Saudi Arabia is not backing down from the oil price war for market share, pledging another increase in its crude oil exports starting in May, despite a growing global glut amid crashing demand.
“[T]he Kingdom intends to increase its crude oil exports, starting from May, by about 600 thousand barrels per day, bringing the total of Saudi petroleum exports to 10.6 million barrels per day,” an official at the Saudi Arabian Energy Ministry said on Monday, as carried by the official Saudi Press Agency.
“This increase came as a result of displacing crude with natural gas from the Al-Fadhili gas plant, as a fuel for generating electricity, and from the decrease in local demand for petroleum products due to the decrease in transportation from the precautionary measures in place to limit the coronavirus outbreak,” said Saudi Arabia, OPEC’s top producer and the world’s top oil exporter, which continues to signal an aggressive supply surge amid profoundly depressed global demand.
Earlier this month, the Kingdom said it was intent on unleashing growing crude oil volumes on the market, aiming to significantly boost its crude oil exports to a record-breaking more than 10 million bpd in May.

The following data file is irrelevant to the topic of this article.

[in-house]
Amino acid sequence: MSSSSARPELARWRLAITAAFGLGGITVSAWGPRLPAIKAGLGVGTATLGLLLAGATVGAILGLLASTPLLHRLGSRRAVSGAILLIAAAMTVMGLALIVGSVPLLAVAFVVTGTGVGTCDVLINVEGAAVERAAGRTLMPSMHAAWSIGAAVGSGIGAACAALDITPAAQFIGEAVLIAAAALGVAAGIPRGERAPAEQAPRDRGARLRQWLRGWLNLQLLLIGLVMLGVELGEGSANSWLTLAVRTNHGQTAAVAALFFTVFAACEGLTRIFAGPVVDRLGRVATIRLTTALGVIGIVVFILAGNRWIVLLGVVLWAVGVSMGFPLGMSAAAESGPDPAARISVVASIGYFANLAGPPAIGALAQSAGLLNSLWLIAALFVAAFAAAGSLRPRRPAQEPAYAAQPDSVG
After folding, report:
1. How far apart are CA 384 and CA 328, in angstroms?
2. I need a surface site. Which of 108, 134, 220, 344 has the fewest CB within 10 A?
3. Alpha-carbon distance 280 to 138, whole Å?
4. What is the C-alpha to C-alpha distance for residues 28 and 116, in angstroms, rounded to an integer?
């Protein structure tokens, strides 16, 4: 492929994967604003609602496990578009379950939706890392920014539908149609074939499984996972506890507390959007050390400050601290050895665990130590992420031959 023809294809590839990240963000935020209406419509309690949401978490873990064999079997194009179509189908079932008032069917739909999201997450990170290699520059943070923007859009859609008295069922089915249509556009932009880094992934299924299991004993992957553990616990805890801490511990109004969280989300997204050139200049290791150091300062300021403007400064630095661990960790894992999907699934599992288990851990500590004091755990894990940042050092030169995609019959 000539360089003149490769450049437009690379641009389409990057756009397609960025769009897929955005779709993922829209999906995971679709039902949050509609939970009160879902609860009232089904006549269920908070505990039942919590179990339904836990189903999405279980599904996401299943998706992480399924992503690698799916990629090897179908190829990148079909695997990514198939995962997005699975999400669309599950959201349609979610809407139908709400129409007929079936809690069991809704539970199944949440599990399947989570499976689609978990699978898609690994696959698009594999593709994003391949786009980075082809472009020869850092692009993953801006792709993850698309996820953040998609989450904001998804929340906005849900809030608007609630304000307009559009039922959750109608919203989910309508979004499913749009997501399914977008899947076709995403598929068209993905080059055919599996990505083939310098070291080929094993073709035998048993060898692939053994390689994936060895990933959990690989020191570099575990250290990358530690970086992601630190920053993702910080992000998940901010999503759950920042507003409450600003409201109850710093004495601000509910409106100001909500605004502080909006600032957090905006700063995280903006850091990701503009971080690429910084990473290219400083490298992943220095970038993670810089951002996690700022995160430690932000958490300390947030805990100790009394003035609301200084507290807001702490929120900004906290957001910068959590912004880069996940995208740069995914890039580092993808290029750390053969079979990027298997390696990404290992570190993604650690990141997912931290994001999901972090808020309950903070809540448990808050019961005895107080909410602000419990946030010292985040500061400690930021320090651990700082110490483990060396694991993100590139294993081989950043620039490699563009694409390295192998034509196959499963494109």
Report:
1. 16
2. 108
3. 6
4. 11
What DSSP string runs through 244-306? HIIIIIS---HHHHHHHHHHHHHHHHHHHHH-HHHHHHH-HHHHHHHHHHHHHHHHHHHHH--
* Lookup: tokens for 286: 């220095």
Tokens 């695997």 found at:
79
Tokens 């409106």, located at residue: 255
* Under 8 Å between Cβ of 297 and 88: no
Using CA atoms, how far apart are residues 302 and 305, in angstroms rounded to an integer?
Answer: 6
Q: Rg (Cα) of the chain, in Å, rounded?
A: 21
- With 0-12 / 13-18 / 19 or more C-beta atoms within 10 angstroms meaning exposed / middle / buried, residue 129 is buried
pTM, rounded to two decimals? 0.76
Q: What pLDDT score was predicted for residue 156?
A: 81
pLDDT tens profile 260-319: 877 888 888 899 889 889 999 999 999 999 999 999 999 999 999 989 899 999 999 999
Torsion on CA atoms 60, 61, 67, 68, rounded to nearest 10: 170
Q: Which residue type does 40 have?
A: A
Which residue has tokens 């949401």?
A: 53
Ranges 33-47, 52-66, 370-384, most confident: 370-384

The Saudis, who launched an all-out price war for market share with Russia after Moscow refused to back deeper cuts, will not only boost April exports from the current 7 million bpd, but it will also grow exports in May by another 250,000 bpd from April. Now supply is expected at 10.6 million bpd starting in May, as per the latest Saudi statement.
At the end of last week, Saudi Arabia denied reports that it was in contact with Russia about potential talks to reach a deal to influence oil prices, which continued to plummet on Monday, with WTI Crude plunging by 5.49 percent to $20.33 at 7:56 a.m. EDT.
According to analysts, no deal can save the market right now as demand destruction could reach 20 million bpd or more in the coming weeks.
By Tsvetana Paraskova for Oilprice.com
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